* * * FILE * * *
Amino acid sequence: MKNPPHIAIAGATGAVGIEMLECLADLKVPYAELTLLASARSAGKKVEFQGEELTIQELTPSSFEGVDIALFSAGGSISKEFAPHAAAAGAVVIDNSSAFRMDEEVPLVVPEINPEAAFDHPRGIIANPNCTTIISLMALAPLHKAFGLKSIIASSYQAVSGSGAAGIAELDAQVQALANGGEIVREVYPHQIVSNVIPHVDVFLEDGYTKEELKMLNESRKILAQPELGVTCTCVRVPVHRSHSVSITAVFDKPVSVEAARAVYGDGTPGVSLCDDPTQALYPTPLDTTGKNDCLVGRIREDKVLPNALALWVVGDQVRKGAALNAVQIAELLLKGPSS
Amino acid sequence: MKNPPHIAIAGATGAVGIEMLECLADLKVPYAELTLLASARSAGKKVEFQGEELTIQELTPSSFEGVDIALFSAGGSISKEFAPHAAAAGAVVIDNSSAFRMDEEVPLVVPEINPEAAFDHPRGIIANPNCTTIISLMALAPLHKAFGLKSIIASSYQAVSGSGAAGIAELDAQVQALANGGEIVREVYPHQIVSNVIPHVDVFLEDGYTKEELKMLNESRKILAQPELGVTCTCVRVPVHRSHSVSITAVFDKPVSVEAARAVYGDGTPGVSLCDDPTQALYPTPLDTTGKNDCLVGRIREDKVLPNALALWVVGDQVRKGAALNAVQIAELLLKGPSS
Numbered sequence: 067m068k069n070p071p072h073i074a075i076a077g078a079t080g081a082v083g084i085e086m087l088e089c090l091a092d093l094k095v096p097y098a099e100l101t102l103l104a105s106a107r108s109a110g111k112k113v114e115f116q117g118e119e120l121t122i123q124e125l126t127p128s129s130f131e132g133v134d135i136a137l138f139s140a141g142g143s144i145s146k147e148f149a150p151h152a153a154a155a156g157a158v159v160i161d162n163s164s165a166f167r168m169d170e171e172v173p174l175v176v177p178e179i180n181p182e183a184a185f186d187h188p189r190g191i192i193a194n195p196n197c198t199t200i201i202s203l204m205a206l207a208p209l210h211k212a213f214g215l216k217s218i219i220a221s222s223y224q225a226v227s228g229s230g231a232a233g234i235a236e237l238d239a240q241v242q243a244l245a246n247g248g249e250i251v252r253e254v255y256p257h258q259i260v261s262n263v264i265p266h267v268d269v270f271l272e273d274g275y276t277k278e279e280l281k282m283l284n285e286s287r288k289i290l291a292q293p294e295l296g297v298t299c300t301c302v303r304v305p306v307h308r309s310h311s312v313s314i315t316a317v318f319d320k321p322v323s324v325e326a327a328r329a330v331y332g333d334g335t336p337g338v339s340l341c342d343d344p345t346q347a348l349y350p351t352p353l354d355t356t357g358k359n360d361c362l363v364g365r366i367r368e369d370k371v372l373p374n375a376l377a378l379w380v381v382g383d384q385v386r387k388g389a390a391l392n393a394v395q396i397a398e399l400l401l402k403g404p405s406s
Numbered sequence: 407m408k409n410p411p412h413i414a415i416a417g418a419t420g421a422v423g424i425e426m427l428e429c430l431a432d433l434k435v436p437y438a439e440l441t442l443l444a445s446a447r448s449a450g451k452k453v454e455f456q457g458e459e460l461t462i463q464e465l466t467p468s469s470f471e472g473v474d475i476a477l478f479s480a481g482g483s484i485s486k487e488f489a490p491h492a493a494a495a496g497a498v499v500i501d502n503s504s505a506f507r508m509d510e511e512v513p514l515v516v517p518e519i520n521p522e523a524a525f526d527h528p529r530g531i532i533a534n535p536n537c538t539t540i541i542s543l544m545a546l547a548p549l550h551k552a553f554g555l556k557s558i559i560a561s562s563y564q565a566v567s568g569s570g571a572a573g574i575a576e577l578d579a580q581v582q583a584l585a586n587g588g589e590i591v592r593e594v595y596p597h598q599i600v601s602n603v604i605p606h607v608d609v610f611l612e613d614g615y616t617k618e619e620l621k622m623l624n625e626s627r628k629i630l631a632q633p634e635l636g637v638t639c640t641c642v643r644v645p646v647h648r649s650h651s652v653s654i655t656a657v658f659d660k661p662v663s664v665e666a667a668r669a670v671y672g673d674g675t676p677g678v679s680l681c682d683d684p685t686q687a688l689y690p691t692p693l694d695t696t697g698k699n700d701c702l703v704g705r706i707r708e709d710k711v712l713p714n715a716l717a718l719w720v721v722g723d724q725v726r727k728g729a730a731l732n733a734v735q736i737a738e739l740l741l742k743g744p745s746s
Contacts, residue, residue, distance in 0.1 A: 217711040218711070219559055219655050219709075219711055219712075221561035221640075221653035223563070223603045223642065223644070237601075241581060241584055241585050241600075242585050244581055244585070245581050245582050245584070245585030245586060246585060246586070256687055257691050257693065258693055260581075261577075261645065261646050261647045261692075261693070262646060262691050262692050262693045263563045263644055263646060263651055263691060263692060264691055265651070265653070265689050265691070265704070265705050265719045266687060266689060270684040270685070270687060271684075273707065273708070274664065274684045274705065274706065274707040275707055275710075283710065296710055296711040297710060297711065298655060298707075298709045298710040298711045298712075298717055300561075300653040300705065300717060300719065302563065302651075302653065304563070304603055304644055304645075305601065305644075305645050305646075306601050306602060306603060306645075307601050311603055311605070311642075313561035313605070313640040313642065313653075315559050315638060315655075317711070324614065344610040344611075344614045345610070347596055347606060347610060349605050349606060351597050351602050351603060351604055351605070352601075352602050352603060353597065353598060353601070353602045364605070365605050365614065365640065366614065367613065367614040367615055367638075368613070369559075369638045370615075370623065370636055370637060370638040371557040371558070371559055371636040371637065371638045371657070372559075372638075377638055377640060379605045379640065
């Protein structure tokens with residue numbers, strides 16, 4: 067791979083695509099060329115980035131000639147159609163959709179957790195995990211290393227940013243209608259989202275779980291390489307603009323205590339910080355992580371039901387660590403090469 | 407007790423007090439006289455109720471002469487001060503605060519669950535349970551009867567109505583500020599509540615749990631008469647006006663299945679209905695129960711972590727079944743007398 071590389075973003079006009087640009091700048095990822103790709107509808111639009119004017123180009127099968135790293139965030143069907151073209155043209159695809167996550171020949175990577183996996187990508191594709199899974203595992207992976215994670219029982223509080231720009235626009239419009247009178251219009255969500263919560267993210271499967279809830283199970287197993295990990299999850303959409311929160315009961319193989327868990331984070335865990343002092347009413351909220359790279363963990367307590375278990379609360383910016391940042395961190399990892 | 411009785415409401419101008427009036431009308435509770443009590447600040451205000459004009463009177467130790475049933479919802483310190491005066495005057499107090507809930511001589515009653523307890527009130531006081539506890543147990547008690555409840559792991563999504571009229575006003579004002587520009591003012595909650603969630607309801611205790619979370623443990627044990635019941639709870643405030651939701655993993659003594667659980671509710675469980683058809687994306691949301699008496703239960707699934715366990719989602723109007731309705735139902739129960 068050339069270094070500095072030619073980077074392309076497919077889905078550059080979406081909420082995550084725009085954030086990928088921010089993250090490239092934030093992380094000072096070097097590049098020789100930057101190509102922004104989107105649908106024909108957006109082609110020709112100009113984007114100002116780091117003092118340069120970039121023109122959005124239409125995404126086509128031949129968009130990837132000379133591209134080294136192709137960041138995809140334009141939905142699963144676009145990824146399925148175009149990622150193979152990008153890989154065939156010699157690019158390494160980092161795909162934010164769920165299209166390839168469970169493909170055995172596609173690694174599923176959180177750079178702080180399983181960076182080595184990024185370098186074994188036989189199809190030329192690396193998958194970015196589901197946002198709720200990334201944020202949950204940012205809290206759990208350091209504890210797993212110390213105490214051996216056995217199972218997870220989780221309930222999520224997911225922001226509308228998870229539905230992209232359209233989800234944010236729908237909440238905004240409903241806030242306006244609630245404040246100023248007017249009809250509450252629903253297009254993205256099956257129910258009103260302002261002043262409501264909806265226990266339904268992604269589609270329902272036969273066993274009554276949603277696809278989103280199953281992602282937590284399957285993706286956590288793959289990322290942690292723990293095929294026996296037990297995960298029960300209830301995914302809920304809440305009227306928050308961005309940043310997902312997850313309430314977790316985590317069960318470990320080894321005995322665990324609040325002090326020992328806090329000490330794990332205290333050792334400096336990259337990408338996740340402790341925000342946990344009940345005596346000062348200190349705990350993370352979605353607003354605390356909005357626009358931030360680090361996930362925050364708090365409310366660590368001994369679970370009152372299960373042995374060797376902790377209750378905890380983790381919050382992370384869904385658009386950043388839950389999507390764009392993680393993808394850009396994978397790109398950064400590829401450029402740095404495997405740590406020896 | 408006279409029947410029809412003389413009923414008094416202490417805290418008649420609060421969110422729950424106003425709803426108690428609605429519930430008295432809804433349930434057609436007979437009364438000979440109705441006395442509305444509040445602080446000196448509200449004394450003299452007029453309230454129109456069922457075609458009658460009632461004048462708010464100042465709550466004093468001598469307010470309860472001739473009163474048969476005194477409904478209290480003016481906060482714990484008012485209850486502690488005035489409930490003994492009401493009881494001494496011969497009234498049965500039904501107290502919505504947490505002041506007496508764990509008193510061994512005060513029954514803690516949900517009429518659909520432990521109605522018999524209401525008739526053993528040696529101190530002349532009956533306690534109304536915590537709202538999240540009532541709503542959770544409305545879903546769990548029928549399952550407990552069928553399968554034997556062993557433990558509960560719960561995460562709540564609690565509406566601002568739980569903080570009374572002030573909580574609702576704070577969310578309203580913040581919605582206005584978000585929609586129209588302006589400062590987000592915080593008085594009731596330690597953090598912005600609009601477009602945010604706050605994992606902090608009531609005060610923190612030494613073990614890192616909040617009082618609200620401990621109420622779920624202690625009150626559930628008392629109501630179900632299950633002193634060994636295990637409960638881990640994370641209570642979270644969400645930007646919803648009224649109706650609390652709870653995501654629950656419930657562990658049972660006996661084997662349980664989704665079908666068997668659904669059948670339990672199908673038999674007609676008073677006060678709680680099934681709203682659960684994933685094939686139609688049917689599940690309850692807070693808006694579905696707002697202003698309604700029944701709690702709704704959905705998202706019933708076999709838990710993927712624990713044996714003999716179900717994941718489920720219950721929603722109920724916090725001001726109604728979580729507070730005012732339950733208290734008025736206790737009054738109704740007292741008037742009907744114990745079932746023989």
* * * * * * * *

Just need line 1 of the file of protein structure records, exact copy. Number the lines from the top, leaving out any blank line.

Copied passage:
Amino acid sequence: MKNPPHIAIAGATGAVGIEMLECLADLKVPYAELTLLASARSAGKKVEFQGEELTIQELTPSSFEGVDIALFSAGGSISKEFAPHAAAAGAVVIDNSSAFRMDEEVPLVVPEINPEAAFDHPRGIIANPNCTTIISLMALAPLHKAFGLKSIIASSYQAVSGSGAAGIAELDAQVQALANGGEIVREVYPHQIVSNVIPHVDVFLEDGYTKEELKMLNESRKILAQPELGVTCTCVRVPVHRSHSVSITAVFDKPVSVEAARAVYGDGTPGVSLCDDPTQALYPTPLDTTGKNDCLVGRIREDKVLPNALALWVVGDQVRKGAALNAVQIAELLLKGPSS